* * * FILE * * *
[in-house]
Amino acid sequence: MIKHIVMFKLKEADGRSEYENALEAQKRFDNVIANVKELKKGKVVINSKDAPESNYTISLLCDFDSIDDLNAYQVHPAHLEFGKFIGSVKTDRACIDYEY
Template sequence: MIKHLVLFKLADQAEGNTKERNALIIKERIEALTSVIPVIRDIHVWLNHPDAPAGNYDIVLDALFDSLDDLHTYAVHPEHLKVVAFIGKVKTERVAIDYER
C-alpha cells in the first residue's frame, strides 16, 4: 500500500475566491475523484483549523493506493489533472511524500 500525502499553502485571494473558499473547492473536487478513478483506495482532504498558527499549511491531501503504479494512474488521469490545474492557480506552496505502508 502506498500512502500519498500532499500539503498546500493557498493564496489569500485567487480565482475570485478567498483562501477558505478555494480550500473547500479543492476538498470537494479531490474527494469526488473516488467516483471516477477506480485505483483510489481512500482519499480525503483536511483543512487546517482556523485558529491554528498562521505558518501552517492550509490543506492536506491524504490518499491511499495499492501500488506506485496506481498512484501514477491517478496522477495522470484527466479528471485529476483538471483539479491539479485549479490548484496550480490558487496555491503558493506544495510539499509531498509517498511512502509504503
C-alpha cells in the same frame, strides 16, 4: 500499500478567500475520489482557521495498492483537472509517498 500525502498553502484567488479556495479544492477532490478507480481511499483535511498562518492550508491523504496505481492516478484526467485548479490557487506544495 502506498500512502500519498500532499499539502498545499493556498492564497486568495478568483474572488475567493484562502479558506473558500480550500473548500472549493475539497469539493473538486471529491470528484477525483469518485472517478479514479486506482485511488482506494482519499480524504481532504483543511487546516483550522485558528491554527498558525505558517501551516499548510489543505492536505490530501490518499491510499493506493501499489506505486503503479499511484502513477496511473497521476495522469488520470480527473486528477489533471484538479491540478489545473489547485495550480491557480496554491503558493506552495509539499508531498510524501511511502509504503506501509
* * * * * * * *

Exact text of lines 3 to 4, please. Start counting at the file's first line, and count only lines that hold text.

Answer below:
Template sequence: MIKHLVLFKLADQAEGNTKERNALIIKERIEALTSVIPVIRDIHVWLNHPDAPAGNYDIVLDALFDSLDDLHTYAVHPEHLKVVAFIGKVKTERVAIDYER
C-alpha cells in the first residue's frame, strides 16, 4: 500500500475566491475523484483549523493506493489533472511524500 500525502499553502485571494473558499473547492473536487478513478483506495482532504498558527499549511491531501503504479494512474488521469490545474492557480506552496505502508 502506498500512502500519498500532499500539503498546500493557498493564496489569500485567487480565482475570485478567498483562501477558505478555494480550500473547500479543492476538498470537494479531490474527494469526488473516488467516483471516477477506480485505483483510489481512500482519499480525503483536511483543512487546517482556523485558529491554528498562521505558518501552517492550509490543506492536506491524504490518499491511499495499492501500488506506485496506481498512484501514477491517478496522477495522470484527466479528471485529476483538471483539479491539479485549479490548484496550480490558487496555491503558493506544495510539499509531498509517498511512502509504503